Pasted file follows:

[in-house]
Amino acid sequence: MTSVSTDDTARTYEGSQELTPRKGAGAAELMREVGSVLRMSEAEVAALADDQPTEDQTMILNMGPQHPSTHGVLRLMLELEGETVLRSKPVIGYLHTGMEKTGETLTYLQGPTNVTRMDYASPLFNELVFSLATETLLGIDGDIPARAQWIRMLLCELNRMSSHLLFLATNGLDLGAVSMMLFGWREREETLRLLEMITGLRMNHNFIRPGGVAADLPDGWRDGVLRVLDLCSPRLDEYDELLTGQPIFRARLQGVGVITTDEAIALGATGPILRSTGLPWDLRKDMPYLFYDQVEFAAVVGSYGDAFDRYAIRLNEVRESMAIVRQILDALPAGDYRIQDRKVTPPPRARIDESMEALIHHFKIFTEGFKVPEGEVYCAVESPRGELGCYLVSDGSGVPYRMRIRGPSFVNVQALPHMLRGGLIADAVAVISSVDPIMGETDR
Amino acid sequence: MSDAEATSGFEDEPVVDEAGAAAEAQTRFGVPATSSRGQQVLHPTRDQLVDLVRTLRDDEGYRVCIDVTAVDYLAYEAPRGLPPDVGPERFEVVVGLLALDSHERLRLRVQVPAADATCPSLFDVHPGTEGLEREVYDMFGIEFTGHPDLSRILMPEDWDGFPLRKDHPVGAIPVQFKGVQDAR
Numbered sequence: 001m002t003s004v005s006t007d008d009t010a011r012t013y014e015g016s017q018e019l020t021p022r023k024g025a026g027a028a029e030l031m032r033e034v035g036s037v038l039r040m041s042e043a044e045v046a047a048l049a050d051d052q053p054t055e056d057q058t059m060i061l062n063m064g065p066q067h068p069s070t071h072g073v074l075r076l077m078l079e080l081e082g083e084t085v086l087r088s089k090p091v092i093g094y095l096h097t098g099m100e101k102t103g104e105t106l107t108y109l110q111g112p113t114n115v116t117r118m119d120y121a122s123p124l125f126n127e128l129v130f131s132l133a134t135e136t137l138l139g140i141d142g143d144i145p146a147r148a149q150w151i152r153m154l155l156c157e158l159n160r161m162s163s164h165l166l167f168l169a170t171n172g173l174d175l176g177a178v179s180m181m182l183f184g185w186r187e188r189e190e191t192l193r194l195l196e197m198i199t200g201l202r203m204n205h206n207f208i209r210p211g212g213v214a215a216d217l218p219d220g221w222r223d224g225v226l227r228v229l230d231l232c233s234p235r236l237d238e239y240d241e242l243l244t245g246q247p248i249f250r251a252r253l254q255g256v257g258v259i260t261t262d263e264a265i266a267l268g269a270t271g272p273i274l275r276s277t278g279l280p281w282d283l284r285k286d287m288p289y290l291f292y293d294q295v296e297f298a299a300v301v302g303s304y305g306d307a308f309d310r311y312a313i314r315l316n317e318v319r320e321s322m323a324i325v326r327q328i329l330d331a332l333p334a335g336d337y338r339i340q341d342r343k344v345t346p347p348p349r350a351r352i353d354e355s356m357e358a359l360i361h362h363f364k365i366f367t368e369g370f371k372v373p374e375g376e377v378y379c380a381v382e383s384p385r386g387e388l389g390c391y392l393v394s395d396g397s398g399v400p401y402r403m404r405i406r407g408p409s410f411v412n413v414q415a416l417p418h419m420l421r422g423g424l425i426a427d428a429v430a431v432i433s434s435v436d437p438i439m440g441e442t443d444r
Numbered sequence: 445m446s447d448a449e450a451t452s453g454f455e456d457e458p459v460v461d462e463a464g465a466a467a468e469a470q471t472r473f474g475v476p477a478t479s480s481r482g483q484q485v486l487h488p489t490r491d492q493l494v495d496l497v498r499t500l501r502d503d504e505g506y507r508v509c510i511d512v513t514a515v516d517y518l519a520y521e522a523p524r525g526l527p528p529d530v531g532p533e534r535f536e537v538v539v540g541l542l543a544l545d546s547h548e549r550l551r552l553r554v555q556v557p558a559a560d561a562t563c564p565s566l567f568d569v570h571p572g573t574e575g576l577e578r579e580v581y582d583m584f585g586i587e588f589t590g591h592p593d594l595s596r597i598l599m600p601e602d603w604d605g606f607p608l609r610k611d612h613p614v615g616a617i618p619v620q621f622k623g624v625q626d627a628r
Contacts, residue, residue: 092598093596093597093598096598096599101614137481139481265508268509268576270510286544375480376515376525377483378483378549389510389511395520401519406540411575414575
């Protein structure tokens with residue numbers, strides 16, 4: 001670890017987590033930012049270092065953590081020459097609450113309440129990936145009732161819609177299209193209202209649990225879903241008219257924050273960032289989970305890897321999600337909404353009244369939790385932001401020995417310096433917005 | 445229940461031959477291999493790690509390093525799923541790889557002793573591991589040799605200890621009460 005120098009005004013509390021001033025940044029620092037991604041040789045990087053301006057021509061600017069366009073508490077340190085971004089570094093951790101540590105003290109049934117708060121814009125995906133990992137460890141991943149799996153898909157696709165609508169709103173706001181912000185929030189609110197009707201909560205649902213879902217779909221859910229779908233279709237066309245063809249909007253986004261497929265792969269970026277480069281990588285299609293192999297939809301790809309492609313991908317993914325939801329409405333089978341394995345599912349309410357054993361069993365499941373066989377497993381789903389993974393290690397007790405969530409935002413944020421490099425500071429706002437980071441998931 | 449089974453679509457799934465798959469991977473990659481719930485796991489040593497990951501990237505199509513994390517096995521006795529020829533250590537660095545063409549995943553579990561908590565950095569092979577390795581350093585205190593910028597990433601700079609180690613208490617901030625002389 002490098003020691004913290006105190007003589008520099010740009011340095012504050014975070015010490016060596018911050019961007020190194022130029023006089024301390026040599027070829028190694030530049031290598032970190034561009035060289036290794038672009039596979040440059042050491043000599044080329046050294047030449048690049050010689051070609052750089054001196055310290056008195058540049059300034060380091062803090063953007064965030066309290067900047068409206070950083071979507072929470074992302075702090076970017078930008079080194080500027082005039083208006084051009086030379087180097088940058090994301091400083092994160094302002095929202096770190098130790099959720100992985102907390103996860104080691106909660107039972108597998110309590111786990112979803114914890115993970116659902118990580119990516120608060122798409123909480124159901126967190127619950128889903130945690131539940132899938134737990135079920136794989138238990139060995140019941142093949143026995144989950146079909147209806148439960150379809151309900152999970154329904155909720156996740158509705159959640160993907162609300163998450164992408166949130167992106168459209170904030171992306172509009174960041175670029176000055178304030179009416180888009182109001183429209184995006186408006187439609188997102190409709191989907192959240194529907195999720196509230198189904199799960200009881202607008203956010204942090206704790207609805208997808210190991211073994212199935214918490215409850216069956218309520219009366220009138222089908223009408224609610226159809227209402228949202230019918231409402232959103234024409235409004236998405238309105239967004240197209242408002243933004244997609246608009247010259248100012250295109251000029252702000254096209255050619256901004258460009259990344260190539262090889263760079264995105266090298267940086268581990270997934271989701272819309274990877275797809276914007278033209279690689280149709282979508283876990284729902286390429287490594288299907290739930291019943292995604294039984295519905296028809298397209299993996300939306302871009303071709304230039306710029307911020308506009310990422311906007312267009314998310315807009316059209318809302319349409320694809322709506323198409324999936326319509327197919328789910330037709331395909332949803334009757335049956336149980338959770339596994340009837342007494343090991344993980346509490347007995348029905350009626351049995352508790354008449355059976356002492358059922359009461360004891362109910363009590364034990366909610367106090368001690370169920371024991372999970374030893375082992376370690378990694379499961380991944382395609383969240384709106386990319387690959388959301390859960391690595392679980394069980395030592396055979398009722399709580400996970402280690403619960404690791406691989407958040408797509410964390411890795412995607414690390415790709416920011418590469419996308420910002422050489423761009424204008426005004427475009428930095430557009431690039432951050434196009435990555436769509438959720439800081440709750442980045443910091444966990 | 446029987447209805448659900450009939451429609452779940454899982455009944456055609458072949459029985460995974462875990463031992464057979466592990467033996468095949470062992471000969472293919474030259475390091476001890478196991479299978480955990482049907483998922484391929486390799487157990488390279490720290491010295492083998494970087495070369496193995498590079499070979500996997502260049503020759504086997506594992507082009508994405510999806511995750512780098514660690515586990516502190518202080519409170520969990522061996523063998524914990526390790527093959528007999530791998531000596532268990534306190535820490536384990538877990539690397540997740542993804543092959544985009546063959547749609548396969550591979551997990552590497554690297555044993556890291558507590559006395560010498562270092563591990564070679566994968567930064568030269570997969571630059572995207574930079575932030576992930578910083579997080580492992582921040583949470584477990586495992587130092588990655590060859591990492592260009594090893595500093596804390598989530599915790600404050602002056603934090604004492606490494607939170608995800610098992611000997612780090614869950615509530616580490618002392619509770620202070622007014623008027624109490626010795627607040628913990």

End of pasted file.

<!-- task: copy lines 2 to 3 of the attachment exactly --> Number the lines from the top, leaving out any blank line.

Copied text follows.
Amino acid sequence: MTSVSTDDTARTYEGSQELTPRKGAGAAELMREVGSVLRMSEAEVAALADDQPTEDQTMILNMGPQHPSTHGVLRLMLELEGETVLRSKPVIGYLHTGMEKTGETLTYLQGPTNVTRMDYASPLFNELVFSLATETLLGIDGDIPARAQWIRMLLCELNRMSSHLLFLATNGLDLGAVSMMLFGWREREETLRLLEMITGLRMNHNFIRPGGVAADLPDGWRDGVLRVLDLCSPRLDEYDELLTGQPIFRARLQGVGVITTDEAIALGATGPILRSTGLPWDLRKDMPYLFYDQVEFAAVVGSYGDAFDRYAIRLNEVRESMAIVRQILDALPAGDYRIQDRKVTPPPRARIDESMEALIHHFKIFTEGFKVPEGEVYCAVESPRGELGCYLVSDGSGVPYRMRIRGPSFVNVQALPHMLRGGLIADAVAVISSVDPIMGETDR
Amino acid sequence: MSDAEATSGFEDEPVVDEAGAAAEAQTRFGVPATSSRGQQVLHPTRDQLVDLVRTLRDDEGYRVCIDVTAVDYLAYEAPRGLPPDVGPERFEVVVGLLALDSHERLRLRVQVPAADATCPSLFDVHPGTEGLEREVYDMFGIEFTGHPDLSRILMPEDWDGFPLRKDHPVGAIPVQFKGVQDAR